Thursday, October 31, 2013
Sorry for being absent of late, but I've been suffering from the flu. The one good thing about it is I caught up on reading! Here's the first of my reviews:
I have to give Bittersweet 5 stars because it ranks so highly among all the books I've read this year. It is not without flaws though. Despite this, I enjoyed reading it so much I was sorry to reach the end. It is a fascinating sweeping epic set in a fictional Australian country town during the depression years. Four sisters, two sets of twins all with different dreams. McCullough brings to this her own medical knowledge having trained to be a doctor but foiled by an allergy to disinfectant. She creates a wonderfully authentic world into which she sets this story of four sisters who become trainee nurses at the country hospital. Tufts wants to bring order to the world she inhabits, Edda wants to be a doctor, a seemingly impossible dream in those times, Kitty hates her beauty and yearns to be seen as something more. The fourth sister, Grace's character didn't work so well for me. I found her confusing and less approachable than the others.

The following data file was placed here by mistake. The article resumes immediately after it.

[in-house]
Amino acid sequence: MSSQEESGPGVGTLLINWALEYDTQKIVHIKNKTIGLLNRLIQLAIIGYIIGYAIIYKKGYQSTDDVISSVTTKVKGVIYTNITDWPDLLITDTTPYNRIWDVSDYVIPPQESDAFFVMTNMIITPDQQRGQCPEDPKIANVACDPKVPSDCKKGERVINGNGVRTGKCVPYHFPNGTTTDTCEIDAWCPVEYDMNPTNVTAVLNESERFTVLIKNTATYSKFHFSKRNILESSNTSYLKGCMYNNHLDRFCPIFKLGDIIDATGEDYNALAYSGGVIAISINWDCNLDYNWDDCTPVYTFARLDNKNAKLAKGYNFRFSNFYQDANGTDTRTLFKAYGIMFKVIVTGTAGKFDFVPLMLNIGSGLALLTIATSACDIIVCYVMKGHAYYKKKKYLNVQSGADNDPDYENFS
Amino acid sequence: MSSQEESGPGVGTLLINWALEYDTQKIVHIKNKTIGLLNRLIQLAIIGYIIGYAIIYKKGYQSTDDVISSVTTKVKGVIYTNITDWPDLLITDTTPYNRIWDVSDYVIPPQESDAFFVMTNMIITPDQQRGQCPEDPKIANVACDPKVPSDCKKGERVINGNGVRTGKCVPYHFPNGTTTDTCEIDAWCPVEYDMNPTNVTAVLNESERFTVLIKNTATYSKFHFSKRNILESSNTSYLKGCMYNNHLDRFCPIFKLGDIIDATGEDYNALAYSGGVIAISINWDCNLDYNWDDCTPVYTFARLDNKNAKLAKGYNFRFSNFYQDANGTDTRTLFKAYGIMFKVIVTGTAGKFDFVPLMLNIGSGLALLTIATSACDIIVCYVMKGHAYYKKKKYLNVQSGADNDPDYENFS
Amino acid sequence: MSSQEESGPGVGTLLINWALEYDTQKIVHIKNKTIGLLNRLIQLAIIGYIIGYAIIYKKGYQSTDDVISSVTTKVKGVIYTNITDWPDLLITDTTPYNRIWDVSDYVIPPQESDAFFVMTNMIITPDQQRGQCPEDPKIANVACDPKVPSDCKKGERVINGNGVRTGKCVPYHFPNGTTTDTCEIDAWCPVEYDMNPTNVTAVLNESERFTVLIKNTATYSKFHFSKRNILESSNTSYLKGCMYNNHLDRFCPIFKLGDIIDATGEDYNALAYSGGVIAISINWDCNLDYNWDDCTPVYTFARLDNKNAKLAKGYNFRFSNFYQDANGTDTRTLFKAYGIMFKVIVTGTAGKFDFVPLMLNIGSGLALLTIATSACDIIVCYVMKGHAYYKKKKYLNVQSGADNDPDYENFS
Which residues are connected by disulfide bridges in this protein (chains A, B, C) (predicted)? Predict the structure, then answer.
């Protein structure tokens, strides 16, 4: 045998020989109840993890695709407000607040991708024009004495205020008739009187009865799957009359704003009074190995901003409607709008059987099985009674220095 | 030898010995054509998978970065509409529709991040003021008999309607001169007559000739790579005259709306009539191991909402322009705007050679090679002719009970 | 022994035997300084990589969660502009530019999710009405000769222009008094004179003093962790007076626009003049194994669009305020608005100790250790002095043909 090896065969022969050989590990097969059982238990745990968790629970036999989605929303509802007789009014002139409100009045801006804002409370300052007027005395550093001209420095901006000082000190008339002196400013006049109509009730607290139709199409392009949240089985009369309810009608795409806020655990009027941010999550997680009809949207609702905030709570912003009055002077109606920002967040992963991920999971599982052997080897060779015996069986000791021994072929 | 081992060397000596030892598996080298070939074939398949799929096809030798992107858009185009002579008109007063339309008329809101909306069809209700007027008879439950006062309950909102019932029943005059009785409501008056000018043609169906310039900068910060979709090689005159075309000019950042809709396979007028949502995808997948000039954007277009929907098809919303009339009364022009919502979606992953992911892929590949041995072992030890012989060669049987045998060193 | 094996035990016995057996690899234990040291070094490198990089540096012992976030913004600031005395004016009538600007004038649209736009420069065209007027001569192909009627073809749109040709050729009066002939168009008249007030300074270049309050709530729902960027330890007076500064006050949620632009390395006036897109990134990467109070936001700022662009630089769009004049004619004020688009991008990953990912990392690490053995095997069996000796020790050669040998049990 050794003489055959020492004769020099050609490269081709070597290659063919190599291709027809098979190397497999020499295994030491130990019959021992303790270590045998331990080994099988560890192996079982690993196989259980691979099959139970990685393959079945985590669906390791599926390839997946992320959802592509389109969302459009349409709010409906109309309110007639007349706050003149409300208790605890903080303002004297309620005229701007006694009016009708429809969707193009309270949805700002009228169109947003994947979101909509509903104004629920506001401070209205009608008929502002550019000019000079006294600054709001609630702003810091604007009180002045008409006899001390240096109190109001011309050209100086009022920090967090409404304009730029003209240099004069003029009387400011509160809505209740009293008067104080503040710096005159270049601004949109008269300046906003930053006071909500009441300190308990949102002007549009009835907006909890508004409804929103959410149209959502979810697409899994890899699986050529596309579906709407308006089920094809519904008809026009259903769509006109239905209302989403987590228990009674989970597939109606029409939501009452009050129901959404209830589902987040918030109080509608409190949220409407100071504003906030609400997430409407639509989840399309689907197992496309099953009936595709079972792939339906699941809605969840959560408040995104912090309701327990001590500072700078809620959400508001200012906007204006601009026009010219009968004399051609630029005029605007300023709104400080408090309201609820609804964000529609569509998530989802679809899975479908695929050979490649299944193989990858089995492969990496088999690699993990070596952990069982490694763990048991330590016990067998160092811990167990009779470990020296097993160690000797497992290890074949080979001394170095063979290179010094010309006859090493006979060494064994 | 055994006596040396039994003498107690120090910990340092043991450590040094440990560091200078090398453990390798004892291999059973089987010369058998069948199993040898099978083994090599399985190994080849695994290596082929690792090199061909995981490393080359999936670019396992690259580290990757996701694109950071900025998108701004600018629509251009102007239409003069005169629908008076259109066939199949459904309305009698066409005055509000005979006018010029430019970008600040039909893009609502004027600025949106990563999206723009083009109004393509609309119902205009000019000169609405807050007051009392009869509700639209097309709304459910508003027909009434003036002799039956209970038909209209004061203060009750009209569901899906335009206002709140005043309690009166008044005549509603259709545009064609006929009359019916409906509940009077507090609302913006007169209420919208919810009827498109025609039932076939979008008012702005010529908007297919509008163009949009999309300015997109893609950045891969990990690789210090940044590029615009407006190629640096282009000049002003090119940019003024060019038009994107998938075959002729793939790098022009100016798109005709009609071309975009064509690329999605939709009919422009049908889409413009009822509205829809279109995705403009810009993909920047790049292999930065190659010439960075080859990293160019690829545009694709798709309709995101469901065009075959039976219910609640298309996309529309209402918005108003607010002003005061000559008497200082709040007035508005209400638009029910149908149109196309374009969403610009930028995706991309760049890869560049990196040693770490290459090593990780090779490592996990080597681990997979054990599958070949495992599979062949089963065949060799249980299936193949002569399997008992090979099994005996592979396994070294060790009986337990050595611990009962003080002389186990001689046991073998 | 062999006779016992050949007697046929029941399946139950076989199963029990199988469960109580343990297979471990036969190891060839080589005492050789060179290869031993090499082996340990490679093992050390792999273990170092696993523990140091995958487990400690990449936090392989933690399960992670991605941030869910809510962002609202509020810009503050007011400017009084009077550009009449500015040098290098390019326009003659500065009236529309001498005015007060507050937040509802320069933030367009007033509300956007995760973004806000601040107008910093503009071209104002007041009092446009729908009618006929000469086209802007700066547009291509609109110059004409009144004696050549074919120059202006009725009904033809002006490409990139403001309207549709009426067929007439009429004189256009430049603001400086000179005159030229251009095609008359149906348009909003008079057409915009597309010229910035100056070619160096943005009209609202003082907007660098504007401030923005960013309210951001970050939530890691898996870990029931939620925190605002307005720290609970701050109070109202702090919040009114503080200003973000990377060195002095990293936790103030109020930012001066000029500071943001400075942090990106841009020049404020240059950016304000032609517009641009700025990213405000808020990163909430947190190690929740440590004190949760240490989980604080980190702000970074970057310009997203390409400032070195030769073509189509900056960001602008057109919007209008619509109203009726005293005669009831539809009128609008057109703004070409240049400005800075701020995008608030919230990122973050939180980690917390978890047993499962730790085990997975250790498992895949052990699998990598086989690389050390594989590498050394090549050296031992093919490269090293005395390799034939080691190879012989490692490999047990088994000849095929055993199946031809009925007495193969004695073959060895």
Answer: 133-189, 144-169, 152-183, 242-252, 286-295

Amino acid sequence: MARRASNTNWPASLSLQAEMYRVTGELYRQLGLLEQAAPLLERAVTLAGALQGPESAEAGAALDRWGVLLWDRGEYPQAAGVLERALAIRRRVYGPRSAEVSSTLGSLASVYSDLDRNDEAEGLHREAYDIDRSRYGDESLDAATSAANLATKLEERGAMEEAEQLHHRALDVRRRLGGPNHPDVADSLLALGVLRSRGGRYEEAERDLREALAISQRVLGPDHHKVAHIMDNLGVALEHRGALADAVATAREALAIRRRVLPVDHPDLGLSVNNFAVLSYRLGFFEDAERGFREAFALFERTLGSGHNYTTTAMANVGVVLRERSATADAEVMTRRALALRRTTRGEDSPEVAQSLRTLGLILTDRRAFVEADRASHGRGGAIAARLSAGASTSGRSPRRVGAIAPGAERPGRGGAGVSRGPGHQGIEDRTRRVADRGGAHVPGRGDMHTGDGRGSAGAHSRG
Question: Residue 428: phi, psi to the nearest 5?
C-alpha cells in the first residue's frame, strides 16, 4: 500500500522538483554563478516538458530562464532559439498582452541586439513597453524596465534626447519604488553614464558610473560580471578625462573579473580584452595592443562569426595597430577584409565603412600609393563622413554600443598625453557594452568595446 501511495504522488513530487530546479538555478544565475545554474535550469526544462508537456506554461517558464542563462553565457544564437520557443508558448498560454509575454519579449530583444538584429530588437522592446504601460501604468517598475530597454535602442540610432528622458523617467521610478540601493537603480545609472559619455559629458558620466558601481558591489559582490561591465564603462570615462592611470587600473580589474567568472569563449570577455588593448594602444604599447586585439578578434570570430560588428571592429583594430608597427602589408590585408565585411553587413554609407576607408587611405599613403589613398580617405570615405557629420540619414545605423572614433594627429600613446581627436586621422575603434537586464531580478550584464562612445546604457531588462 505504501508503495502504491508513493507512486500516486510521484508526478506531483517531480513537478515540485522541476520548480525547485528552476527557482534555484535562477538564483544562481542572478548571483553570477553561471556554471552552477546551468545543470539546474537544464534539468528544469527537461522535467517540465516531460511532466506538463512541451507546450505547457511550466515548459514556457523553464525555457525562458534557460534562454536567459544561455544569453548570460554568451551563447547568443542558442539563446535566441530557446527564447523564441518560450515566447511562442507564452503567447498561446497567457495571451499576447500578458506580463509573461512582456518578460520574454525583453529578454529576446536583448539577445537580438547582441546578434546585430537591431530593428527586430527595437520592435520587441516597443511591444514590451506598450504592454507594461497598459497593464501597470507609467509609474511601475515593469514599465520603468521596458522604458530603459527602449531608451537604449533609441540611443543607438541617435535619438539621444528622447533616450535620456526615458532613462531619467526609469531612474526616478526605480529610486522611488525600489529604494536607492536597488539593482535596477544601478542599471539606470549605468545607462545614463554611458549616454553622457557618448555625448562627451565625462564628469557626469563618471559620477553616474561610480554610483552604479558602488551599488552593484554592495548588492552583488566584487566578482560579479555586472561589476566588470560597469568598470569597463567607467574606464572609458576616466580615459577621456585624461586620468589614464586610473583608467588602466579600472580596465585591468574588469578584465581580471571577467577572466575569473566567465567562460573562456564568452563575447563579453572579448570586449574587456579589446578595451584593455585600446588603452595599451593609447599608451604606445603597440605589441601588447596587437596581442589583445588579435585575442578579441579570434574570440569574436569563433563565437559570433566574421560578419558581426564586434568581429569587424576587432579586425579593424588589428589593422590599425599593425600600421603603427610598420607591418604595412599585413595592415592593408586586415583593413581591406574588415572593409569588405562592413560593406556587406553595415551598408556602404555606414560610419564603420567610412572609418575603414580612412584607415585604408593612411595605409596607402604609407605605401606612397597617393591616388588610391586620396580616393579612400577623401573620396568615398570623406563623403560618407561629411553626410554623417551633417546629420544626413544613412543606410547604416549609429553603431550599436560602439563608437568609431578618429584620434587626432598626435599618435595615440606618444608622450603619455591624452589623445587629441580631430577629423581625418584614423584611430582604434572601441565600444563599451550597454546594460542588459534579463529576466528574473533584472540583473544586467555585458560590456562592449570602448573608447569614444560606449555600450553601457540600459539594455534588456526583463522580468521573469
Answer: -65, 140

Great that these women weren't fading violets who merely suffered the constraints of their times, but I would have liked them to be a bit more forgiving. They were very tough on Charles who did invoke my sympathy. As Australians they had difficulty understanding the English stiff upper lip, and while I don't think the outcome should have been different, they might have made some allowances. Perhaps McCullough failed to make him unpleasant enough, I was often on his side.
Same again with the woman's mother/step-mother, who was a silly misguided woman, but she didn't come across as quite as unforgivable as McCullough painted her and might have in the end engendered more sympathy too.
Perhaps the familial ties which bind this book just didn't seem to go deep enough for me.
But what joy to be found in the writing! McCullough's descriptive prose borders on the poetic at times and her intelligent observations and chronicling of the depression years, the medical profession and Australian political history, make this a must read for those who like sagas of this sort.